With the invention of the metric system, based on powers of ten, there was an attempt to replace degrees by decimal "degrees" in France and nearby countries,^{ [note 3] } where the number in a right angle is equal to 100 gon with 400 gon in a full circle (1° = 10⁄9 gon). This was called *grade (nouveau)* or * grad *. Due to confusion with the existing term *grad(e)* in some northern European countries (meaning a standard degree, 1/360 of a turn), the new unit was called *Neugrad* in German (whereas the "old" degree was referred to as *Altgrad*), likewise *nygrad* in Danish, Swedish and Norwegian (also *gradian*), and *nýgráða* in Icelandic. To end the confusion, the name *gon* was later adopted for the new unit. Although this idea of metrification was abandoned by Napoleon, grades continued to be used in several fields and many scientific calculators support them. Decigrades (1⁄4,000) were used with French artillery sights in World War I.

An angular mil, which is most used in military applications, has at least three specific variants, ranging from 1⁄6,400 to 1⁄6,000. It is approximately equal to one milliradian (c.1⁄6,283). A mil measuring 1⁄6,000 of a revolution originated in the imperial Russian army, where an equilateral chord was divided into tenths to give a circle of 600 units. This may be seen on a lining plane (an early device for aiming indirect fire artillery) dating from about 1900 in the St. Petersburg Museum of Artillery.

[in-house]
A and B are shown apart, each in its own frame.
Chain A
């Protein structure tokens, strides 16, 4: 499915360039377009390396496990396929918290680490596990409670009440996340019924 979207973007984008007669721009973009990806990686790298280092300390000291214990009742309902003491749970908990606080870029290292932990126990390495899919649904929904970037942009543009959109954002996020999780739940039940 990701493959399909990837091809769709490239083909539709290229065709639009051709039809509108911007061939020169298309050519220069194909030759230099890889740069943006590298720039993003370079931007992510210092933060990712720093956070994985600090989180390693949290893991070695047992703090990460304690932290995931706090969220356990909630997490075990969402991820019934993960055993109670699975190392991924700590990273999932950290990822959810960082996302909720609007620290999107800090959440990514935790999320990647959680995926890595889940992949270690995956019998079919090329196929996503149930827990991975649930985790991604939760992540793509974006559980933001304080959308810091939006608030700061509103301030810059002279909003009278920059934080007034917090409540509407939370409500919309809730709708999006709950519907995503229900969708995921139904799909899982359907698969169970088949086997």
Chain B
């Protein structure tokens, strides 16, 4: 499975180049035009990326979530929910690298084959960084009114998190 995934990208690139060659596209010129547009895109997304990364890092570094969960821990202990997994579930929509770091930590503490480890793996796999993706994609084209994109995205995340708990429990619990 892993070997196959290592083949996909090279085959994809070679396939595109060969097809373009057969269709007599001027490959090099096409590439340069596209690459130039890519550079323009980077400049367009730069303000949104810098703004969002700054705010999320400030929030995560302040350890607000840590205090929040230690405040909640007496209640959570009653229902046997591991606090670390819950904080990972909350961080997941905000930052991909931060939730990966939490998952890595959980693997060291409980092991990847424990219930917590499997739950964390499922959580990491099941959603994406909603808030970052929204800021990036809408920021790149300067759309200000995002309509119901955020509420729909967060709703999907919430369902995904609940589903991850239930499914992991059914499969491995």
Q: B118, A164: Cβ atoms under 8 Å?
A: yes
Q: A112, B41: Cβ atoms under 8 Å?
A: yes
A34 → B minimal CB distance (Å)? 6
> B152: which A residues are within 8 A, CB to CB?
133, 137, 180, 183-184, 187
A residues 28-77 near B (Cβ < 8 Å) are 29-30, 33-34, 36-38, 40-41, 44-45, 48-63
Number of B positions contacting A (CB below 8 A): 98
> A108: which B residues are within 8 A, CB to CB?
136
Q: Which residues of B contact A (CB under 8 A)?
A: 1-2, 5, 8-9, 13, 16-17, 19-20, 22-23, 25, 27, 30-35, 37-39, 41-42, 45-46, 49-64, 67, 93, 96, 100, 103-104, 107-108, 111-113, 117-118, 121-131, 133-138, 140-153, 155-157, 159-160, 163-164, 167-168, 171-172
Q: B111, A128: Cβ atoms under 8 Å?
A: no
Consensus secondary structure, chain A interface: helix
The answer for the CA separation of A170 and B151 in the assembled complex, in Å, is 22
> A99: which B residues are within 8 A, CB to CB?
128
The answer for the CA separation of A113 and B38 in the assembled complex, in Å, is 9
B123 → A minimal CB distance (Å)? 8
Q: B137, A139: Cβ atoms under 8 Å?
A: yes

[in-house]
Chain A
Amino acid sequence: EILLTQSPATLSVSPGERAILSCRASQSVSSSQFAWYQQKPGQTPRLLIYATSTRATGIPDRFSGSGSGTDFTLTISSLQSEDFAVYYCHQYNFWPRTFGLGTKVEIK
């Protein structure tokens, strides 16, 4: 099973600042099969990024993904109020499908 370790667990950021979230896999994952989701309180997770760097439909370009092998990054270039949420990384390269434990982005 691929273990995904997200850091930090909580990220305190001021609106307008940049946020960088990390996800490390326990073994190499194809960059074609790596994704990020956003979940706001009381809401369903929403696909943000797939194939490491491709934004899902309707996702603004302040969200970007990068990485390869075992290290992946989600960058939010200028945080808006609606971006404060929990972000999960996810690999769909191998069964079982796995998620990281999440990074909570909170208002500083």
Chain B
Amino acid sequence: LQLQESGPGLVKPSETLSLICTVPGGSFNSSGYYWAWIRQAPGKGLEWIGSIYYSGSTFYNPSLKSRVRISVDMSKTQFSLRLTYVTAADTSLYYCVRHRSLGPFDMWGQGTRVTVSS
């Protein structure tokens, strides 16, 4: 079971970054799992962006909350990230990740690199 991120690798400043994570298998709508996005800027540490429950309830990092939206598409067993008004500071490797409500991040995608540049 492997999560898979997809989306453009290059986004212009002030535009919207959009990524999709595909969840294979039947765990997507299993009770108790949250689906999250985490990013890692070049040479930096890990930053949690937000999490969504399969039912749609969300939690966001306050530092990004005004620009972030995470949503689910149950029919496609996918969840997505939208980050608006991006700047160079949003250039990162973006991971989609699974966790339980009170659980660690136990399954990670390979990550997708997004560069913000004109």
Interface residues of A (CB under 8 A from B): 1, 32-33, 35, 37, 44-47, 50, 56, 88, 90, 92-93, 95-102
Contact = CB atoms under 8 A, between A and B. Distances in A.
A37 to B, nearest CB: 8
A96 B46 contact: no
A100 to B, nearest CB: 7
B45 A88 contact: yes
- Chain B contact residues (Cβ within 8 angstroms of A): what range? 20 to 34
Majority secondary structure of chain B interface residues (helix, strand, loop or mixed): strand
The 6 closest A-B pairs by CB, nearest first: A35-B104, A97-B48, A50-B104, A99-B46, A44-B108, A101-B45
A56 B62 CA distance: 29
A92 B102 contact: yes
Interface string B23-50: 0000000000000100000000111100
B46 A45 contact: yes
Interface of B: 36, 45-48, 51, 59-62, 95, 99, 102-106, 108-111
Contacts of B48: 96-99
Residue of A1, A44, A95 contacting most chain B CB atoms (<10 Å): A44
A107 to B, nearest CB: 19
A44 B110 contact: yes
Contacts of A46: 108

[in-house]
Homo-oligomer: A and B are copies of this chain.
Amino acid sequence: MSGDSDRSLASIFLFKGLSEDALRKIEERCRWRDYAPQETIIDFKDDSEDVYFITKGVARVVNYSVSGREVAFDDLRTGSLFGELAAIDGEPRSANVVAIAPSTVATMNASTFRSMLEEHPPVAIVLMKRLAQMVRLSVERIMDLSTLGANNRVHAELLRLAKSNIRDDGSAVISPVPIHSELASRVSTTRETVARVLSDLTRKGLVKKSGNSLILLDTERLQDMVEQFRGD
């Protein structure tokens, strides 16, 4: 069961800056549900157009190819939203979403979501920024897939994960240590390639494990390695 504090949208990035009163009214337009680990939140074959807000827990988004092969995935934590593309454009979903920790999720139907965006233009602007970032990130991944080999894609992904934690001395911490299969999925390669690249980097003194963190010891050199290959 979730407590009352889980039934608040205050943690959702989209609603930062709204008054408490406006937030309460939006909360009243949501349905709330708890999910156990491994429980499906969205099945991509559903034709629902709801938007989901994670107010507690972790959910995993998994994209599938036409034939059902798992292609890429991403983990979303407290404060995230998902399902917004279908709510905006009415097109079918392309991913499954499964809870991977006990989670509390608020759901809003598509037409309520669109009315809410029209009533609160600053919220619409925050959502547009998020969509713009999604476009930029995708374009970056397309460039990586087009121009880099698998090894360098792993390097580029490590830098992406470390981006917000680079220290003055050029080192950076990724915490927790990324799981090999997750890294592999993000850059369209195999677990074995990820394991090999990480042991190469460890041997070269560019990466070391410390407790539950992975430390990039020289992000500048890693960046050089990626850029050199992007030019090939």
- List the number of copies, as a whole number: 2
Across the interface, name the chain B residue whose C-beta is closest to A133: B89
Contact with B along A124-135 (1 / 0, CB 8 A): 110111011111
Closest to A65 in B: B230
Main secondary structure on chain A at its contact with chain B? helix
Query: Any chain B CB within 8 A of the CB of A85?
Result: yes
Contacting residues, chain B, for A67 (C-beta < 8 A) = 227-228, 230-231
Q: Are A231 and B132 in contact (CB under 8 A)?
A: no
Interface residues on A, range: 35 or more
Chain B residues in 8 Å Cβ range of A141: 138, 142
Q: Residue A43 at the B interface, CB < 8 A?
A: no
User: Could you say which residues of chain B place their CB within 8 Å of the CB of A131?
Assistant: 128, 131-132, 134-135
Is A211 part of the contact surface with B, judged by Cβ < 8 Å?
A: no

Turns | Radians | Degrees | Gradians |
---|---|---|---|

0 turn | 0 rad | 0° | 0^{g} |

1/72 turn | π/36 rad | 5° | 5+5/9^{g} |

1/24 turn | π/12 rad | 15° | 16+2/3^{g} |

1/16 turn | π/8 rad | 22.5° | 25^{g} |

1/12 turn | π/6 rad | 30° | 33+1/3^{g} |

1/10 turn | π/5 rad | 36° | 40^{g} |

1/8 turn | π/4 rad | 45° | 50^{g} |

1/2π turn | 1 rad | approx. 57.3° | approx. 63.7^{g} |

1/6 turn | π/3 rad | 60° | 66+2/3^{g} |

1/5 turn | 2π/5 rad | 72° | 80^{g} |

1/4 turn | π/2 rad | 90° | 100^{g} |

1/3 turn | 2π/3 rad | 120° | 133+1/3^{g} |

2/5 turn | 4π/5 rad | 144° | 160^{g} |

1/2 turn | π rad | 180° | 200^{g} |

3/4 turn | 3π/2 rad | 270° | 300^{g} |

1 turn | 2π rad | 360° | 400^{g} |

- ↑ The divisors of 360 are 1, 2, 3, 4, 5, 6, 8, 9, 10, 12, 15, 18, 20, 24, 30, 36, 40, 45, 60, 72, 90, 120, 180, and 360.
- ↑ Contrast this with the relatively unwieldy 2520, which is the least common multiple for every number from 1 to 10.
- ↑ These new and decimal "degrees" must not be confused with decimal degrees.